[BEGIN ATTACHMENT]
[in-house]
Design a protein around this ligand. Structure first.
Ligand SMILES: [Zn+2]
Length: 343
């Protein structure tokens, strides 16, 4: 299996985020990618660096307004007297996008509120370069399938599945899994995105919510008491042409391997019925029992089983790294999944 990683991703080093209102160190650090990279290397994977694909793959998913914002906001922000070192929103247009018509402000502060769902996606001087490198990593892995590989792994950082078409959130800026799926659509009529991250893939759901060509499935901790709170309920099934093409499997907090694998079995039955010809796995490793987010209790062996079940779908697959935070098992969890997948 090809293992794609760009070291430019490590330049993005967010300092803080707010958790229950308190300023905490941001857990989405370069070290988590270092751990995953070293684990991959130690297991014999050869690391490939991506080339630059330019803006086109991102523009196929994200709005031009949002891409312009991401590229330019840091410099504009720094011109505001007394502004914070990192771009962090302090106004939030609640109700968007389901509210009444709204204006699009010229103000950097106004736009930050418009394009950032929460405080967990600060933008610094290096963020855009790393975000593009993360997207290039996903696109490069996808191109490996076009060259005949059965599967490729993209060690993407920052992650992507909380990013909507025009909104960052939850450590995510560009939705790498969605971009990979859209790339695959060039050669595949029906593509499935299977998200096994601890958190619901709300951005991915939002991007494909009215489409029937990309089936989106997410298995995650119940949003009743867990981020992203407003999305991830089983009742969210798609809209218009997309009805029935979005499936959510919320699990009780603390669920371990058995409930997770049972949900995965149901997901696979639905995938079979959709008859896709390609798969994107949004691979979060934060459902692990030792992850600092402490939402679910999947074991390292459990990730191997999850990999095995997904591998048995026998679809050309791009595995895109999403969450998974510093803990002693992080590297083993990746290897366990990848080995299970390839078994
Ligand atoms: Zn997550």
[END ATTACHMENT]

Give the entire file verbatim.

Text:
[in-house]
Design a protein around this ligand. Structure first.
Ligand SMILES: [Zn+2]
Length: 343
């Protein structure tokens, strides 16, 4: 299996985020990618660096307004007297996008509120370069399938599945899994995105919510008491042409391997019925029992089983790294999944 990683991703080093209102160190650090990279290397994977694909793959998913914002906001922000070192929103247009018509402000502060769902996606001087490198990593892995590989792994950082078409959130800026799926659509009529991250893939759901060509499935901790709170309920099934093409499997907090694998079995039955010809796995490793987010209790062996079940779908697959935070098992969890997948 090809293992794609760009070291430019490590330049993005967010300092803080707010958790229950308190300023905490941001857990989405370069070290988590270092751990995953070293684990991959130690297991014999050869690391490939991506080339630059330019803006086109991102523009196929994200709005031009949002891409312009991401590229330019840091410099504009720094011109505001007394502004914070990192771009962090302090106004939030609640109700968007389901509210009444709204204006699009010229103000950097106004736009930050418009394009950032929460405080967990600060933008610094290096963020855009790393975000593009993360997207290039996903696109490069996808191109490996076009060259005949059965599967490729993209060690993407920052992650992507909380990013909507025009909104960052939850450590995510560009939705790498969605971009990979859209790339695959060039050669595949029906593509499935299977998200096994601890958190619901709300951005991915939002991007494909009215489409029937990309089936989106997410298995995650119940949003009743867990981020992203407003999305991830089983009742969210798609809209218009997309009805029935979005499936959510919320699990009780603390669920371990058995409930997770049972949900995965149901997901696979639905995938079979959709008859896709390609798969994107949004691979979060934060459902692990030792992850600092402490939402679910999947074991390292459990990730191997999850990999095995997904591998048995026998679809050309791009595995895109999403969450998974510093803990002693992080590297083993990746290897366990990848080995299970390839078994
Ligand atoms: Zn997550």